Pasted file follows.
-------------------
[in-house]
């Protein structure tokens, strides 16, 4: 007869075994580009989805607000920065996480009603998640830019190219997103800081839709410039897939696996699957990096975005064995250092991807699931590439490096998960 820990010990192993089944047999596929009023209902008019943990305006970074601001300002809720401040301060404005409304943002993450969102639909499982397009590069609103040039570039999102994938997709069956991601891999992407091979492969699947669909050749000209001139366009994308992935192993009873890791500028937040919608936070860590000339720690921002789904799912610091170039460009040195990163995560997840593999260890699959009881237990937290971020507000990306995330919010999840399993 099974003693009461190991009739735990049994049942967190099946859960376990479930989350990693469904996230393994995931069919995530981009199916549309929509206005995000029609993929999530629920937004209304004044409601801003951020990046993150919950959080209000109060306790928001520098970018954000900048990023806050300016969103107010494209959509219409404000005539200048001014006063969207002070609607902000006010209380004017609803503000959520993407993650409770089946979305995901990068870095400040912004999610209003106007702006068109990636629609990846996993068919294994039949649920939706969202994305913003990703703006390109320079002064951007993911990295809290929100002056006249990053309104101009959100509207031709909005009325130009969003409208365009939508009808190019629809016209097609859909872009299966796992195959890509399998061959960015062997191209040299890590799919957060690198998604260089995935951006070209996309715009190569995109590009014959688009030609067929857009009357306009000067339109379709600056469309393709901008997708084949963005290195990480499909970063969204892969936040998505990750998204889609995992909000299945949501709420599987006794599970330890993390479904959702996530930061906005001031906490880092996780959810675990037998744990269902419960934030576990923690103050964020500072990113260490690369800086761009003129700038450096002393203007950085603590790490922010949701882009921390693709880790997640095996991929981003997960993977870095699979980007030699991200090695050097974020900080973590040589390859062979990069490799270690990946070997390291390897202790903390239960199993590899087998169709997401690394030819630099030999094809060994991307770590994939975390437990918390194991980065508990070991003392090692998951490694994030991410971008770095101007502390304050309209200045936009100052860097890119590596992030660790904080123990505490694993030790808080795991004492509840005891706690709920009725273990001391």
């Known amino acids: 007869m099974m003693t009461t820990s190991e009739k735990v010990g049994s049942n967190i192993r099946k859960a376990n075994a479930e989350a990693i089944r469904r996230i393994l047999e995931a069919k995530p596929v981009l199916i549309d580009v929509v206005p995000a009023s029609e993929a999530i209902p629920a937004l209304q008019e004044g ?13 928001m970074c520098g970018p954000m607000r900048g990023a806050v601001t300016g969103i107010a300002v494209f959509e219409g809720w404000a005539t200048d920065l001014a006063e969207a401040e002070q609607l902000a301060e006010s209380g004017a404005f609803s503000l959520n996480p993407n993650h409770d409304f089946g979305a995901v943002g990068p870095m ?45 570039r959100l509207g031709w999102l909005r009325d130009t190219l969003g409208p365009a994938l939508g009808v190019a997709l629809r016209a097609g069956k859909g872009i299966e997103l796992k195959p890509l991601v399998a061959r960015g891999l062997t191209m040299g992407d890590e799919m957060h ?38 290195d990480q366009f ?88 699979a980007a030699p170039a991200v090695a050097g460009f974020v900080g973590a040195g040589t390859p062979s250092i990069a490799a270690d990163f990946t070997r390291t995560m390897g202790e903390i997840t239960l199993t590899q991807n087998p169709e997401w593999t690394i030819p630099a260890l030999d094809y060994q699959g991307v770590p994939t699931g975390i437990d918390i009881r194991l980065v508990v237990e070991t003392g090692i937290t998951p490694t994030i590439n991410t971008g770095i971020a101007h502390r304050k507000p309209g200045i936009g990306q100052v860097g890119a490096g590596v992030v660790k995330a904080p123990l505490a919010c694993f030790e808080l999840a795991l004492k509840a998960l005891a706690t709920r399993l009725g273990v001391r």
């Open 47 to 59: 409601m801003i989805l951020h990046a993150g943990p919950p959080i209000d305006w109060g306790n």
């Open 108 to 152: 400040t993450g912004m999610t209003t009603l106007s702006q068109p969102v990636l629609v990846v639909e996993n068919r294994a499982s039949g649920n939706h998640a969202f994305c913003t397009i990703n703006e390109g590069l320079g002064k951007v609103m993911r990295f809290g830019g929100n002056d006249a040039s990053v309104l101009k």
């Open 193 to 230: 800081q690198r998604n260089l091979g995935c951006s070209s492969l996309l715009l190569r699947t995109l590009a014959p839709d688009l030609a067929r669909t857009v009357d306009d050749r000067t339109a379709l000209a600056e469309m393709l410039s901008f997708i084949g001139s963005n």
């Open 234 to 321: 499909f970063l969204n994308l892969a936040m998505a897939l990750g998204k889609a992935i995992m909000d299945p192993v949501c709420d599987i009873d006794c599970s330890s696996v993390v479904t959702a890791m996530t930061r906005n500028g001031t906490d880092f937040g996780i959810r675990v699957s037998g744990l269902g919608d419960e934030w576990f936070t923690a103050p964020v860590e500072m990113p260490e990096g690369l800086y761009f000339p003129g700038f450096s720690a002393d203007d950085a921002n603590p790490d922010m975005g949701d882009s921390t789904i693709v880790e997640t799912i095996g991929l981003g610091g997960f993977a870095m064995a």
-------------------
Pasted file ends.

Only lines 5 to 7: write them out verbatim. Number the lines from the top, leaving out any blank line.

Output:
């Open 108 to 152: 400040t993450g912004m999610t209003t009603l106007s702006q068109p969102v990636l629609v990846v639909e996993n068919r294994a499982s039949g649920n939706h998640a969202f994305c913003t397009i990703n703006e390109g590069l320079g002064k951007v609103m993911r990295f809290g830019g929100n002056d006249a040039s990053v309104l101009k």
């Open 193 to 230: 800081q690198r998604n260089l091979g995935c951006s070209s492969l996309l715009l190569r699947t995109l590009a014959p839709d688009l030609a067929r669909t857009v009357d306009d050749r000067t339109a379709l000209a600056e469309m393709l410039s901008f997708i084949g001139s963005n």
């Open 234 to 321: 499909f970063l969204n994308l892969a936040m998505a897939l990750g998204k889609a992935i995992m909000d299945p192993v949501c709420d599987i009873d006794c599970s330890s696996v993390v479904t959702a890791m996530t930061r906005n500028g001031t906490d880092f937040g996780i959810r675990v699957s037998g744990l269902g919608d419960e934030w576990f936070t923690a103050p964020v860590e500072m990113p260490e990096g690369l800086y761009f000339p003129g700038f450096s720690a002393d203007d950085a921002n603590p790490d922010m975005g949701d882009s921390t789904i693709v880790e997640t799912i095996g991929l981003g610091g997960f993977a870095m064995a």